Adventure company discriminated against Christian job applicant, must pay $8,500: B.C. rights tribunal
VANCOUVER — A mysterious wilderness adventure tour company discriminated against a job applicant because of her Christian faith and must pay $8,500 for injuring her “dignity and self respect,” the B.C. Human Rights Tribunal ruled Wednesday.
Bethany Paquette launched her human rights complaint after receiving a string of vitriolic responses to a job application she sent Victoria-based Amaruk Wilderness Corp. two years ago, in a case that made headlines around the world.
Amaruk offered on its now-defunct website “assistant guide internship” positions. It also claimed annual revenues exceeding $10 million, access to military-grade aircraft and more than 200 employees around the world. Inexplicably, the Amaruk website featured photos of bare-chested young men posing outdoors and grappling in Viking-themed settings.
The company’s CEO was Christophe Fragassi, also known as Christopher Fragassi-Bjornsen. A native of France who lives near Victoria with a male partner, Fragassi is a “Walter Mitty-type character,” his former landlord told the National Post.
With a number of purported Amaruk colleagues based in Norway, Fragassi rejected Paquette’s 2014 job application, according to documents filed at the tribunal. In emails accompanying the rejection notice, Amaruk slammed Paquette’s Christian background and education; Paquette had noted in her job application that she was a graduate of Trinity Western University, a private Christian institution near Vancouver.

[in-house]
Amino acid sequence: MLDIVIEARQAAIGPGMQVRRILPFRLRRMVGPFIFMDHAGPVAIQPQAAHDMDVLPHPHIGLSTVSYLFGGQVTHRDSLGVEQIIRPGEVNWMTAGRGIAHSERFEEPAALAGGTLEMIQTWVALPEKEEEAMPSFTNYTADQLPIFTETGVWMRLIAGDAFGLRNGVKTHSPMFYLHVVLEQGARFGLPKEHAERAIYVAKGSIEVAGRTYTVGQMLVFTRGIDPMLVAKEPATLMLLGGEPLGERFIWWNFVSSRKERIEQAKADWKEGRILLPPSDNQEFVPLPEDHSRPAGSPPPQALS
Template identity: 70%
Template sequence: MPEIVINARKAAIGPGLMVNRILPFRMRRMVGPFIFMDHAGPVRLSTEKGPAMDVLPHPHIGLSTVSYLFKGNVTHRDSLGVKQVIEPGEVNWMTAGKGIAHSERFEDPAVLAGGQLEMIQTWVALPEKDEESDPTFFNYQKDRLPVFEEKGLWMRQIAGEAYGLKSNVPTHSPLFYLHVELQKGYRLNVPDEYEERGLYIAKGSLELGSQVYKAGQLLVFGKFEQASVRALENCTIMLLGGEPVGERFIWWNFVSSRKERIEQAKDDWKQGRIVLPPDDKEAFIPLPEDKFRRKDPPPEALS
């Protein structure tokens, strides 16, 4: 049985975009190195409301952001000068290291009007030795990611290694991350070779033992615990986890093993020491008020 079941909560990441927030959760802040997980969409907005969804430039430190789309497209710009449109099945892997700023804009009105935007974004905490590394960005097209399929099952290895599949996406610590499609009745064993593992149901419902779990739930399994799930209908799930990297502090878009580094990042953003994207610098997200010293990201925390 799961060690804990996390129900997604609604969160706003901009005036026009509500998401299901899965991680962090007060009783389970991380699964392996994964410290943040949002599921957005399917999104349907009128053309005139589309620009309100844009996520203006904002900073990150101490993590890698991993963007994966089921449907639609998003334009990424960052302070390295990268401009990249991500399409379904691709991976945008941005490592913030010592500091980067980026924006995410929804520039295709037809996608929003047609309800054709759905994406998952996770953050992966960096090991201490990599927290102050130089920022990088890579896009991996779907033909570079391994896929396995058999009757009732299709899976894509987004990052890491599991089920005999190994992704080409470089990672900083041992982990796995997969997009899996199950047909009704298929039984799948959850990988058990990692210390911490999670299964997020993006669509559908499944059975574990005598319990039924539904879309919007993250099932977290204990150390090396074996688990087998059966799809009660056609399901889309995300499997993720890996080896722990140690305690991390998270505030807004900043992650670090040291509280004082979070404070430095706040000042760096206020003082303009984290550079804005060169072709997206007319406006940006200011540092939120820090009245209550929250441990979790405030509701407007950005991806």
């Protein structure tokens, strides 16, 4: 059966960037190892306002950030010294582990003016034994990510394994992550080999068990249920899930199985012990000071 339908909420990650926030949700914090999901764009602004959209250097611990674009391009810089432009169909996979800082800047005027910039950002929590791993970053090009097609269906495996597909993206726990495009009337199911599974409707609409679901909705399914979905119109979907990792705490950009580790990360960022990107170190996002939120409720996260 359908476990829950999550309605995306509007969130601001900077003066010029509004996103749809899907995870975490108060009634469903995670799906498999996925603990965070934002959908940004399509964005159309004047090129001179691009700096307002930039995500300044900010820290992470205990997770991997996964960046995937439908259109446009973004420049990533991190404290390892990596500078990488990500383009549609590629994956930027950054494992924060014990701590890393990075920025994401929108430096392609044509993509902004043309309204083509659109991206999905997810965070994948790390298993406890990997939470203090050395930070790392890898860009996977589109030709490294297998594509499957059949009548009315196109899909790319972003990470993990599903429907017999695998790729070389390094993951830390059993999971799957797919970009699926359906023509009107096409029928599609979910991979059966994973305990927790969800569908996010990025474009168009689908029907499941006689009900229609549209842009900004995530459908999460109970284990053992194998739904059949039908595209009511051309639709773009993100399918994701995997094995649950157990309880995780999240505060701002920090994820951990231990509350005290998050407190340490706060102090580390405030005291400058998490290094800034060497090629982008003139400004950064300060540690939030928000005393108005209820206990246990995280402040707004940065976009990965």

“Graduates from Trinity Western University are not welcome in our company,” read an email Paquette received from an Amaruk executive, identified as “Olaf Amundsen.”
“God bless is very offensive to me,” the same purported Amaruk official wrote to her later. “I do not want to be blessed by some guy who was conceived by a whore, outside of marriage … If I was to meet the guy, I’d actually f— him.”
Paquette told the tribunal that Fragassi “was clearly the directing mind of the company” and “should be held personally liable” for the discriminatory emails.
In a response, Fragassi said Amaruk is no longer active in Canada, and therefore the tribunal has no jurisdiction over it. He also denied having discriminated against Paquette.
Fragassi appeared at a hearing inside the tribunal’s Vancouver headquarters in November. He quickly declared the process a sham and stormed out. “Try to get any money from me,” he snapped at Paquette as he left the hearing room.
Tribunal member Norman Trerise ruled Wednesday that “both Amaruk, through its employee’s actions, and Mr. Fragassi-Bjornsen have discriminated against Ms. Paquette on the ground of religion by harassing her for presumed religious beliefs and declining to accept her application for an internship, in part because of those beliefs.”
Along with the $8,500 Fragassi was ordered to pay Paquette for her injuries, he must compensate her $661 in tribunal-related expenses.
Fragassi could not be reached for comment Wednesday. As for Paquette, she’s “in the far north running dog sled tours this winter — the very kind of work that Amaruk rejected her from,” said her lawyer, Geoffery Trotter. “Today’s decision is a victory for Bethany and for equal treatment for everyone, regardless of their beliefs or background.”http://news.nationalpost.com/news/adventure-company-discriminated-against-christian-job-applicant-must-pay-8500-b-c-rights-tribunal
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